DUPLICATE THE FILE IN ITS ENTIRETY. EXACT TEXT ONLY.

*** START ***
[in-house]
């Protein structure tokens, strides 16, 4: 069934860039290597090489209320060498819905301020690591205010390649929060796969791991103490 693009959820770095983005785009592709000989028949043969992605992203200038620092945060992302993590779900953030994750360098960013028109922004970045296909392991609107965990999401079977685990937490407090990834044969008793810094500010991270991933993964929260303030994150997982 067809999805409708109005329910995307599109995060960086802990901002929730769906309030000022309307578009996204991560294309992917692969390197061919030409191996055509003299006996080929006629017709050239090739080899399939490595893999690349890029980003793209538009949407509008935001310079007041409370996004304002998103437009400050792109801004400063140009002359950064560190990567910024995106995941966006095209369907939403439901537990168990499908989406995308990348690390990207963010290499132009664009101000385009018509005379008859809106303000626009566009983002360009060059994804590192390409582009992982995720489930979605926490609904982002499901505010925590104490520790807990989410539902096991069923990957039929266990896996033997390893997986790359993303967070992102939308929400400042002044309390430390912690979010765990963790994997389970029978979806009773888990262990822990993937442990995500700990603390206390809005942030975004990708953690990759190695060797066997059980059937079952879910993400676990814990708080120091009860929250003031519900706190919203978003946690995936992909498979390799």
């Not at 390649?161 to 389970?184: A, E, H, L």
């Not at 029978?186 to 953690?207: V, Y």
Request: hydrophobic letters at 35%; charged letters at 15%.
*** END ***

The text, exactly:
[in-house]
């Protein structure tokens, strides 16, 4: 069934860039290597090489209320060498819905301020690591205010390649929060796969791991103490 693009959820770095983005785009592709000989028949043969992605992203200038620092945060992302993590779900953030994750360098960013028109922004970045296909392991609107965990999401079977685990937490407090990834044969008793810094500010991270991933993964929260303030994150997982 067809999805409708109005329910995307599109995060960086802990901002929730769906309030000022309307578009996204991560294309992917692969390197061919030409191996055509003299006996080929006629017709050239090739080899399939490595893999690349890029980003793209538009949407509008935001310079007041409370996004304002998103437009400050792109801004400063140009002359950064560190990567910024995106995941966006095209369907939403439901537990168990499908989406995308990348690390990207963010290499132009664009101000385009018509005379008859809106303000626009566009983002360009060059994804590192390409582009992982995720489930979605926490609904982002499901505010925590104490520790807990989410539902096991069923990957039929266990896996033997390893997986790359993303967070992102939308929400400042002044309390430390912690979010765990963790994997389970029978979806009773888990262990822990993937442990995500700990603390206390809005942030975004990708953690990759190695060797066997059980059937079952879910993400676990814990708080120091009860929250003031519900706190919203978003946690995936992909498979390799």
């Not at 390649?161 to 389970?184: A, E, H, L």
């Not at 029978?186 to 953690?207: V, Y």
Request: hydrophobic letters at 35%; charged letters at 15%.